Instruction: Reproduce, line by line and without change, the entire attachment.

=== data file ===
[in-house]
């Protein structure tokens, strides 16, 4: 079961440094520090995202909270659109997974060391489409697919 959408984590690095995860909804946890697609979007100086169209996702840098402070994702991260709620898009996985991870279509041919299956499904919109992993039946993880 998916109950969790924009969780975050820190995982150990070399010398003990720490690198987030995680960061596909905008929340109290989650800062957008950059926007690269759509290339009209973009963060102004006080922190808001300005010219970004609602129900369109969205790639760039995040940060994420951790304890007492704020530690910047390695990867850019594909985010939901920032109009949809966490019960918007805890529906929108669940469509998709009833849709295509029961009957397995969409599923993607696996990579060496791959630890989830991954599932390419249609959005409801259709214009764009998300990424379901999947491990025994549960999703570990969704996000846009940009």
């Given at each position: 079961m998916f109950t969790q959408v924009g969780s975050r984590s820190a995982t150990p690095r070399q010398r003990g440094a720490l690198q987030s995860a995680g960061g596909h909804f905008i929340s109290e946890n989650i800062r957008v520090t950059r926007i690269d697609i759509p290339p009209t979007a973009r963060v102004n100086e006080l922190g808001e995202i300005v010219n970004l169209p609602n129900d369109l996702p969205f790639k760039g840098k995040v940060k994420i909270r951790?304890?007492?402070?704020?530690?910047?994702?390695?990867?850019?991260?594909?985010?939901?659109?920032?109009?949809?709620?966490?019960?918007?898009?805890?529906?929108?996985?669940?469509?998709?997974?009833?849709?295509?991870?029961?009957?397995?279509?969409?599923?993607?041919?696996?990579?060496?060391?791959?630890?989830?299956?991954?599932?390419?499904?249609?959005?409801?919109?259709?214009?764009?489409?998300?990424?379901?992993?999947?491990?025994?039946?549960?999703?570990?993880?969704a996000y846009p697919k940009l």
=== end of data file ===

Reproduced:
[in-house]
């Protein structure tokens, strides 16, 4: 079961440094520090995202909270659109997974060391489409697919 959408984590690095995860909804946890697609979007100086169209996702840098402070994702991260709620898009996985991870279509041919299956499904919109992993039946993880 998916109950969790924009969780975050820190995982150990070399010398003990720490690198987030995680960061596909905008929340109290989650800062957008950059926007690269759509290339009209973009963060102004006080922190808001300005010219970004609602129900369109969205790639760039995040940060994420951790304890007492704020530690910047390695990867850019594909985010939901920032109009949809966490019960918007805890529906929108669940469509998709009833849709295509029961009957397995969409599923993607696996990579060496791959630890989830991954599932390419249609959005409801259709214009764009998300990424379901999947491990025994549960999703570990969704996000846009940009």
């Given at each position: 079961m998916f109950t969790q959408v924009g969780s975050r984590s820190a995982t150990p690095r070399q010398r003990g440094a720490l690198q987030s995860a995680g960061g596909h909804f905008i929340s109290e946890n989650i800062r957008v520090t950059r926007i690269d697609i759509p290339p009209t979007a973009r963060v102004n100086e006080l922190g808001e995202i300005v010219n970004l169209p609602n129900d369109l996702p969205f790639k760039g840098k995040v940060k994420i909270r951790?304890?007492?402070?704020?530690?910047?994702?390695?990867?850019?991260?594909?985010?939901?659109?920032?109009?949809?709620?966490?019960?918007?898009?805890?529906?929108?996985?669940?469509?998709?997974?009833?849709?295509?991870?029961?009957?397995?279509?969409?599923?993607?041919?696996?990579?060496?060391?791959?630890?989830?299956?991954?599932?390419?499904?249609?959005?409801?919109?259709?214009?764009?489409?998300?990424?379901?992993?999947?491990?025994?039946?549960?999703?570990?993880?969704a996000y846009p697919k940009l």